Terrorists operate in a clandestine way. Unlike traditional crime, terrorist attacks are well planned, well thought out and masterfully executed. As one of the top-notch organised crime, that has well established networks around the world, the terrorists have learnt the tricks of concealing their activities. Experience also shows that a terror attack is planned for weeks, months or even years before it is executed. In the 2005 London bombing for instance, the attackers must have laid down the plans to attack the underground trains for months, if not a year or so (Turk 2010). In the Nairobi Westgate Shopping Mall attack, it is logical that the attacker had carried out reconnaissance study of the building for months. They must have frequented the mall for several days and established how they were going to attack, familiarised themselves with the building and planned all moves. An unconfirmed report on the attack of the mall indicates that the attackers probably were working in cohort with an insider or more probably the masterminds had rented a stall in the mall where they hid some of their weapons.  The fact that the attackers struck on a Saturday, when the mall is mostly frequented confirms how it was well executed, to cause the greatest damage. The same kind of strategic planning characterises most of the terror attacks around the world.

The clandestine nature of terrorism mean that if the police are going to win the war on terror, they must be in a position to learn the activities of terrorist before they execute their crime (Jones and Libicki 2008). Unlike in the past where the police relied on other security agencies to provide them with the information, intelligence led policing call for the police to be at the forefront to gather information themselves.  Police have to be trained in modern technology of gathering information. Some of the terror activities are planned over the phones or electronic mail exchanges. Although intercepting phone calls or email messages raises ethical issues, police have to learn about how they can intercept terror plans without compromising individual privacy (Newburn 2012). This is where the knowledge on how to balance individual liberties and the need to protect citizens is required.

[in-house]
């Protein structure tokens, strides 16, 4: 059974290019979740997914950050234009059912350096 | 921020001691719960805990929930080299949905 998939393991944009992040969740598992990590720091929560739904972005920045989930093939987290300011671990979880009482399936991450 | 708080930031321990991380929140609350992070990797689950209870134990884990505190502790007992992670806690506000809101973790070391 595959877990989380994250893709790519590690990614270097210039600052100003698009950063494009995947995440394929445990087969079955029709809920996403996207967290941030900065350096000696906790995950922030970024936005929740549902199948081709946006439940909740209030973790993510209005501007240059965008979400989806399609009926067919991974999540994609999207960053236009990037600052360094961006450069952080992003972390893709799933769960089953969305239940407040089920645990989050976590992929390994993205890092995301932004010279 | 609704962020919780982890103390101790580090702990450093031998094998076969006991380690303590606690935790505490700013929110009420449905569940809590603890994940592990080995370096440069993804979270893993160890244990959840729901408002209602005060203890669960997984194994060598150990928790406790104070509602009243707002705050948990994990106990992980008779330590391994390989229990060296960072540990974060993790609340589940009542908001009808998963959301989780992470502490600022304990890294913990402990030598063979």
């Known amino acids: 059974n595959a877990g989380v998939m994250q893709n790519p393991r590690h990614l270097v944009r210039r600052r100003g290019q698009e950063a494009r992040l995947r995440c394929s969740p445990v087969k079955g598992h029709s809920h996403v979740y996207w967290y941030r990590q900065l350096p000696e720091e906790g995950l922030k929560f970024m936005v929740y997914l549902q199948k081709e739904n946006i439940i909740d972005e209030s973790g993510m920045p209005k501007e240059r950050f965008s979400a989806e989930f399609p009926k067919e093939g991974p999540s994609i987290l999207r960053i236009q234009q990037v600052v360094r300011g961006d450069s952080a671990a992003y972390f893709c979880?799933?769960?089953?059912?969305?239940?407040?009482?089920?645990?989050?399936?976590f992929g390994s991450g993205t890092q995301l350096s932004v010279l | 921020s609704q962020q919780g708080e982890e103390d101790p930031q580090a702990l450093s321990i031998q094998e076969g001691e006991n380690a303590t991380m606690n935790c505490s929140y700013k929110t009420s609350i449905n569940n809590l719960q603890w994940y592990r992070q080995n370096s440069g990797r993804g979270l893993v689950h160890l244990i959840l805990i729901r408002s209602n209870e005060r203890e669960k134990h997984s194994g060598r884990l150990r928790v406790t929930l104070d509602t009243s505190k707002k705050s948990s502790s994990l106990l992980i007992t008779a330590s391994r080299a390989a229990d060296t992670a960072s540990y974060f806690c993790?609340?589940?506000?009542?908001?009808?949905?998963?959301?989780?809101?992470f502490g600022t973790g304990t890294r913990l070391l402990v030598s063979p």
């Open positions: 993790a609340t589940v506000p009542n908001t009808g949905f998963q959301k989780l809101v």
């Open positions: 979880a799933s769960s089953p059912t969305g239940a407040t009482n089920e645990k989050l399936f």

Police also have to know how to follow crucial leads and be inquisitive. Like Kelling and Bratton (2006) have suggested, local police can learn some investigative techniques from their Israelis counterparts. In Israel, local police are trained to ask inquisitive questions whenever they meet a suspicious character. Whenever Israeli police meets a suspicious character they ask questions like: why are you in Israel? Where are you staying? How long have you been here? Such are the questions that can throw a suspect off balance (Kelling and Bratton 2006). With adequate police training the behavioural responses of the suspect will indicate whether the police need to follow up or gather more details from the suspect. Signs of nervousness should be a direct sell out.

One of the crucial aspects of the intelligence led policing is the role played by the local community. This is what is known as community policing in traditional crimes. Community policing can work as equally important in fighting terrorism. Members of the community have crucial information that if they are encouraged to share with police, most of the terror activities will be foiled before they happen (White House 2007). It is the members of the community who know their neighbours.  Members of the community understand when their neighbours are shifting flats and when some new neighbours are coming in.

Community policing rely on the local community to report suspicious activities or characters. This aspect of policing works well with the local police because the local community are more likely to trust local police officers than any other officer coming from the central government.  One of the secrets of community policing is for the local police to build rapport with the members of the community to an extent that the community feel free to tip-off the police whenever they notice suspicious activities or characters in their neighborhoods (Waxman 2009). Hundred of terror attacks have been foiled through effective community policing.  In one of London’s estates for instance, a grandmother reported to police that there was a waft smell coming from an adjunct vacant flat. When the police stormed the flat, they discovered the flat had been converted to a makeshift ricingas factory by a terror group (Kelling and Bratton 2006. The grandmother informed the police that she had noted a group of young men frequenting the flat. If this terror plot had not been foiled, the result could have been probably the death hundreds or thousands of residents.